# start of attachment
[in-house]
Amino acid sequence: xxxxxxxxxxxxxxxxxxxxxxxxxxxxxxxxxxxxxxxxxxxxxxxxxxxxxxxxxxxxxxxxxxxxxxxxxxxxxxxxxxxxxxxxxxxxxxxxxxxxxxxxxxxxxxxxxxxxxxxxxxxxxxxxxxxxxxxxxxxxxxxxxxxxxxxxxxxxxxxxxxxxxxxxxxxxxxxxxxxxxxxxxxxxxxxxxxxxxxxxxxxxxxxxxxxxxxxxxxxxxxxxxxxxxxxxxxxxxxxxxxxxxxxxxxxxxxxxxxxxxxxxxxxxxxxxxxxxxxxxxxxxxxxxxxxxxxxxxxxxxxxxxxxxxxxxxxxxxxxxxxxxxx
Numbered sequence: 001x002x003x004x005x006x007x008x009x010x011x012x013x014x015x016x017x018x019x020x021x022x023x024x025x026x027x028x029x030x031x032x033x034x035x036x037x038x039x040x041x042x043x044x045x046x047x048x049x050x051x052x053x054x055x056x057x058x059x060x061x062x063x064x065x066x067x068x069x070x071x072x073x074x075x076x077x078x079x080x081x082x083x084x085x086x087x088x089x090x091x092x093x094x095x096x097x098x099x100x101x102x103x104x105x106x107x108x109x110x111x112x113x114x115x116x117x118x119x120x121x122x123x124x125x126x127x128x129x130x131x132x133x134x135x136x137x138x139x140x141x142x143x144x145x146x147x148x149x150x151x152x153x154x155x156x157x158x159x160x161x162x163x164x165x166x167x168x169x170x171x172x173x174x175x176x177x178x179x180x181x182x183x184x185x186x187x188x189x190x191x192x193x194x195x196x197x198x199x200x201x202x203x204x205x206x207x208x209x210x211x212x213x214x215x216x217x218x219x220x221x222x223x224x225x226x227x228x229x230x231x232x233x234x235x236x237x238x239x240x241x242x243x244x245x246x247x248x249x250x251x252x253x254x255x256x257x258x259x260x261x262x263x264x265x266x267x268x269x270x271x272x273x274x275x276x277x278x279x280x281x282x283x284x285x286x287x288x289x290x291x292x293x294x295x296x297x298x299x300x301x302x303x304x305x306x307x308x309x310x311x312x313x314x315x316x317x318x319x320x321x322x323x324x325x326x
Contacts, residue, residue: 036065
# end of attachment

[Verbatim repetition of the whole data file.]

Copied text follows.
[in-house]
Amino acid sequence: xxxxxxxxxxxxxxxxxxxxxxxxxxxxxxxxxxxxxxxxxxxxxxxxxxxxxxxxxxxxxxxxxxxxxxxxxxxxxxxxxxxxxxxxxxxxxxxxxxxxxxxxxxxxxxxxxxxxxxxxxxxxxxxxxxxxxxxxxxxxxxxxxxxxxxxxxxxxxxxxxxxxxxxxxxxxxxxxxxxxxxxxxxxxxxxxxxxxxxxxxxxxxxxxxxxxxxxxxxxxxxxxxxxxxxxxxxxxxxxxxxxxxxxxxxxxxxxxxxxxxxxxxxxxxxxxxxxxxxxxxxxxxxxxxxxxxxxxxxxxxxxxxxxxxxxxxxxxxxxxxxxxxx
Numbered sequence: 001x002x003x004x005x006x007x008x009x010x011x012x013x014x015x016x017x018x019x020x021x022x023x024x025x026x027x028x029x030x031x032x033x034x035x036x037x038x039x040x041x042x043x044x045x046x047x048x049x050x051x052x053x054x055x056x057x058x059x060x061x062x063x064x065x066x067x068x069x070x071x072x073x074x075x076x077x078x079x080x081x082x083x084x085x086x087x088x089x090x091x092x093x094x095x096x097x098x099x100x101x102x103x104x105x106x107x108x109x110x111x112x113x114x115x116x117x118x119x120x121x122x123x124x125x126x127x128x129x130x131x132x133x134x135x136x137x138x139x140x141x142x143x144x145x146x147x148x149x150x151x152x153x154x155x156x157x158x159x160x161x162x163x164x165x166x167x168x169x170x171x172x173x174x175x176x177x178x179x180x181x182x183x184x185x186x187x188x189x190x191x192x193x194x195x196x197x198x199x200x201x202x203x204x205x206x207x208x209x210x211x212x213x214x215x216x217x218x219x220x221x222x223x224x225x226x227x228x229x230x231x232x233x234x235x236x237x238x239x240x241x242x243x244x245x246x247x248x249x250x251x252x253x254x255x256x257x258x259x260x261x262x263x264x265x266x267x268x269x270x271x272x273x274x275x276x277x278x279x280x281x282x283x284x285x286x287x288x289x290x291x292x293x294x295x296x297x298x299x300x301x302x303x304x305x306x307x308x309x310x311x312x313x314x315x316x317x318x319x320x321x322x323x324x325x326x
Contacts, residue, residue: 036065